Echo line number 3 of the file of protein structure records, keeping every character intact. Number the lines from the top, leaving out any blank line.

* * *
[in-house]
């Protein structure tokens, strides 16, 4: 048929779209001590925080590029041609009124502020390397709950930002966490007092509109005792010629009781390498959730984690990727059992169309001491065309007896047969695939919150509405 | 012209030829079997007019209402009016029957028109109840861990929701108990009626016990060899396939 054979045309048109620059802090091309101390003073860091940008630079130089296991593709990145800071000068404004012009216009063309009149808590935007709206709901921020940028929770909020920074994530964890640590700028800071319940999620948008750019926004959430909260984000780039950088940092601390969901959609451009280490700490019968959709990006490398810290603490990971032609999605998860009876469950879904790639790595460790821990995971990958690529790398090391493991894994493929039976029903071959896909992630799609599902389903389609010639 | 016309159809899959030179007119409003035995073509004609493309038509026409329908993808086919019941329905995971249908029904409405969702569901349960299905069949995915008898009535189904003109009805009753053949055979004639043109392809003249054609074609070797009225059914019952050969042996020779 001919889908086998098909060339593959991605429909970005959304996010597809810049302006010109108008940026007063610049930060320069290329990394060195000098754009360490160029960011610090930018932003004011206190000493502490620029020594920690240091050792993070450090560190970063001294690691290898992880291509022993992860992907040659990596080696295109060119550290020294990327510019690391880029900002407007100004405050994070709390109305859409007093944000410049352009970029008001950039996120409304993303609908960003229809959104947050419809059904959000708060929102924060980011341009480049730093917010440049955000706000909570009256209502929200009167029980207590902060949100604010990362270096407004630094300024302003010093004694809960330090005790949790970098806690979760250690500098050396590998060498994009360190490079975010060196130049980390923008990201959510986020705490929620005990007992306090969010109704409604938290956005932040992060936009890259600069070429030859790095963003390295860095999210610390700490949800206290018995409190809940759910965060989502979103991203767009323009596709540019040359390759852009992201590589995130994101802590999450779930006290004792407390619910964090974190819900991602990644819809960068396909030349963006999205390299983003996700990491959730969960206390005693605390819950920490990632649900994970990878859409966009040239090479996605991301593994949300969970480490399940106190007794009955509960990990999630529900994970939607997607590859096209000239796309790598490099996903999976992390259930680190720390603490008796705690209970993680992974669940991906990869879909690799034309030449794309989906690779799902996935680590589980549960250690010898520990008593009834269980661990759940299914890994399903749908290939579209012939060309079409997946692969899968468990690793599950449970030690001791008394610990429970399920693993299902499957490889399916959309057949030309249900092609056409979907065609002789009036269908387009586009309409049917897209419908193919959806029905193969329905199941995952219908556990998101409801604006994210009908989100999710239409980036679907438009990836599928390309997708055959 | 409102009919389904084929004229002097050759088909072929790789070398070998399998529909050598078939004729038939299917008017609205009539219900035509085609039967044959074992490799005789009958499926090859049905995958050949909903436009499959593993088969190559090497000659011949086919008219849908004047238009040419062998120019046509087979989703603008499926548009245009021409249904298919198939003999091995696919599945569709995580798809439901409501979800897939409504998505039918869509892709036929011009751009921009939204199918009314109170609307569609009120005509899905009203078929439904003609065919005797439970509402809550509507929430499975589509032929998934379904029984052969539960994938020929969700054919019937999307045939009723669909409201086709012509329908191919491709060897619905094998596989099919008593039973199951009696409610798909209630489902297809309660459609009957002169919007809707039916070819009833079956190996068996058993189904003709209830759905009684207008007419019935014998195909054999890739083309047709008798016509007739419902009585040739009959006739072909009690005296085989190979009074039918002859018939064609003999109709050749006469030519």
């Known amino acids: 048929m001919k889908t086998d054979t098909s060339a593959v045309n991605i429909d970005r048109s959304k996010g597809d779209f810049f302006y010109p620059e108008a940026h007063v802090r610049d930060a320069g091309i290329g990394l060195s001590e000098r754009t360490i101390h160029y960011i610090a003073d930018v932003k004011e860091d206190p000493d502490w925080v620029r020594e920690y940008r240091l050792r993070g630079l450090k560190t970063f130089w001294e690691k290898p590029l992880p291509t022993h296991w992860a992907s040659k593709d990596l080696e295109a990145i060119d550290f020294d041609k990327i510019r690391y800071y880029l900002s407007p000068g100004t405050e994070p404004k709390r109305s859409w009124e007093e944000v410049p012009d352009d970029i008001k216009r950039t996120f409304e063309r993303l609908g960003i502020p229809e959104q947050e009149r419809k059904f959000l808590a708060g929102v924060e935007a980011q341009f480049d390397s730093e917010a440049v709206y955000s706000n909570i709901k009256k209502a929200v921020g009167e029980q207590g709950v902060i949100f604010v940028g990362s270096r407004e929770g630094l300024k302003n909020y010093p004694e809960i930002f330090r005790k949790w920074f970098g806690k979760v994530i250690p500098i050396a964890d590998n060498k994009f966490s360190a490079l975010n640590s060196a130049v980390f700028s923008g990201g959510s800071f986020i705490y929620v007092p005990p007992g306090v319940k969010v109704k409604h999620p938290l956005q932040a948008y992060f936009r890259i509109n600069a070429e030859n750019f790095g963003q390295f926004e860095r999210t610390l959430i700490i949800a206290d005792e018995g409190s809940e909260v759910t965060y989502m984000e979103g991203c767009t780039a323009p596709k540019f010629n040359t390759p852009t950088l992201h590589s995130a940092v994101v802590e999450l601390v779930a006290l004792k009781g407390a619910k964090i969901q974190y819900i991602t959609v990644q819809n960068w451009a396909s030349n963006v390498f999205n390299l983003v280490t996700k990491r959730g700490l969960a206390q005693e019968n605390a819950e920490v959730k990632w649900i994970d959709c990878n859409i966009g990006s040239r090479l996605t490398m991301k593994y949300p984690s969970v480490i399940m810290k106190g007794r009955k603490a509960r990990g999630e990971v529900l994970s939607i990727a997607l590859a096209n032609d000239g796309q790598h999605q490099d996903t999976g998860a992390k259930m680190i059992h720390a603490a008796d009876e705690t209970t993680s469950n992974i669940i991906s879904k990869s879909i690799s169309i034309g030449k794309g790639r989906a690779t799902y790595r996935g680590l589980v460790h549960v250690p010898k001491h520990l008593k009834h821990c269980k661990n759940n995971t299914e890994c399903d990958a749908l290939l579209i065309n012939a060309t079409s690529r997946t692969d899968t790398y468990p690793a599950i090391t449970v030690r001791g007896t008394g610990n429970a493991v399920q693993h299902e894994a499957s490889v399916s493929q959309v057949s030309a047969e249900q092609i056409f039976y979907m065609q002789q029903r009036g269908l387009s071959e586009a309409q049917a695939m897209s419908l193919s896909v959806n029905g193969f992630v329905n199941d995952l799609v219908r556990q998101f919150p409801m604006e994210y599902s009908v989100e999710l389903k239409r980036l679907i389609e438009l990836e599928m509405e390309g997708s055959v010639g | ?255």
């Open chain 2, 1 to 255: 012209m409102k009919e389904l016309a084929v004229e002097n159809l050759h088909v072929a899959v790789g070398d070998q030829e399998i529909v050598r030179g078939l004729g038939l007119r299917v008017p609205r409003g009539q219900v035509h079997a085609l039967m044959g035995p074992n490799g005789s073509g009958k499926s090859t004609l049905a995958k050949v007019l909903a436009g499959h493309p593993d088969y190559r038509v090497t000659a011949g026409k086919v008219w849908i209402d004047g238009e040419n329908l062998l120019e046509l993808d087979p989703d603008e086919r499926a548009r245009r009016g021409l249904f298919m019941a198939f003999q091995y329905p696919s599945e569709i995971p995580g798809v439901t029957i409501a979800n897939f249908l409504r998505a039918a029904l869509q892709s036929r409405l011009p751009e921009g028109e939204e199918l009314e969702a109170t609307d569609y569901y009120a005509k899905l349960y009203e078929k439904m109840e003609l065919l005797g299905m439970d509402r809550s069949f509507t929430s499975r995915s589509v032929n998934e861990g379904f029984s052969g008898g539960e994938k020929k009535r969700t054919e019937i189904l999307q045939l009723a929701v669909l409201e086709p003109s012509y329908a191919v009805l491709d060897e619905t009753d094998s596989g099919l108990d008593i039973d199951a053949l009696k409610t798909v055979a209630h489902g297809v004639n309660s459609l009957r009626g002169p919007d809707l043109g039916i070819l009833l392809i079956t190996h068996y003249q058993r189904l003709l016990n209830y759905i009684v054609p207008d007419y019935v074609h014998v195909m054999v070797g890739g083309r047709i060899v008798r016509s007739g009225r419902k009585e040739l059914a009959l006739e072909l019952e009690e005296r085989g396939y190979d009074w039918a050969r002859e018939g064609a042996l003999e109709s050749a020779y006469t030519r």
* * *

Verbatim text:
């Known amino acids: 048929m001919k889908t086998d054979t098909s060339a593959v045309n991605i429909d970005r048109s959304k996010g597809d779209f810049f302006y010109p620059e108008a940026h007063v802090r610049d930060a320069g091309i290329g990394l060195s001590e000098r754009t360490i101390h160029y960011i610090a003073d930018v932003k004011e860091d206190p000493d502490w925080v620029r020594e920690y940008r240091l050792r993070g630079l450090k560190t970063f130089w001294e690691k290898p590029l992880p291509t022993h296991w992860a992907s040659k593709d990596l080696e295109a990145i060119d550290f020294d041609k990327i510019r690391y800071y880029l900002s407007p000068g100004t405050e994070p404004k709390r109305s859409w009124e007093e944000v410049p012009d352009d970029i008001k216009r950039t996120f409304e063309r993303l609908g960003i502020p229809e959104q947050e009149r419809k059904f959000l808590a708060g929102v924060e935007a980011q341009f480049d390397s730093e917010a440049v709206y955000s706000n909570i709901k009256k209502a929200v921020g009167e029980q207590g709950v902060i949100f604010v940028g990362s270096r407004e929770g630094l300024k302003n909020y010093p004694e809960i930002f330090r005790k949790w920074f970098g806690k979760v994530i250690p500098i050396a964890d590998n060498k994009f966490s360190a490079l975010n640590s060196a130049v980390f700028s923008g990201g959510s800071f986020i705490y929620v007092p005990p007992g306090v319940k969010v109704k409604h999620p938290l956005q932040a948008y992060f936009r890259i509109n600069a070429e030859n750019f790095g963003q390295f926004e860095r999210t610390l959430i700490i949800a206290d005792e018995g409190s809940e909260v759910t965060y989502m984000e979103g991203c767009t780039a323009p596709k540019f010629n040359t390759p852009t950088l992201h590589s995130a940092v994101v802590e999450l601390v779930a006290l004792k009781g407390a619910k964090i969901q974190y819900i991602t959609v990644q819809n960068w451009a396909s030349n963006v390498f999205n390299l983003v280490t996700k990491r959730g700490l969960a206390q005693e019968n605390a819950e920490v959730k990632w649900i994970d959709c990878n859409i966009g990006s040239r090479l996605t490398m991301k593994y949300p984690s969970v480490i399940m810290k106190g007794r009955k603490a509960r990990g999630e990971v529900l994970s939607i990727a997607l590859a096209n032609d000239g796309q790598h999605q490099d996903t999976g998860a992390k259930m680190i059992h720390a603490a008796d009876e705690t209970t993680s469950n992974i669940i991906s879904k990869s879909i690799s169309i034309g030449k794309g790639r989906a690779t799902y790595r996935g680590l589980v460790h549960v250690p010898k001491h520990l008593k009834h821990c269980k661990n759940n995971t299914e890994c399903d990958a749908l290939l579209i065309n012939a060309t079409s690529r997946t692969d899968t790398y468990p690793a599950i090391t449970v030690r001791g007896t008394g610990n429970a493991v399920q693993h299902e894994a499957s490889v399916s493929q959309v057949s030309a047969e249900q092609i056409f039976y979907m065609q002789q029903r009036g269908l387009s071959e586009a309409q049917a695939m897209s419908l193919s896909v959806n029905g193969f992630v329905n199941d995952l799609v219908r556990q998101f919150p409801m604006e994210y599902s009908v989100e999710l389903k239409r980036l679907i389609e438009l990836e599928m509405e390309g997708s055959v010639g | ?255």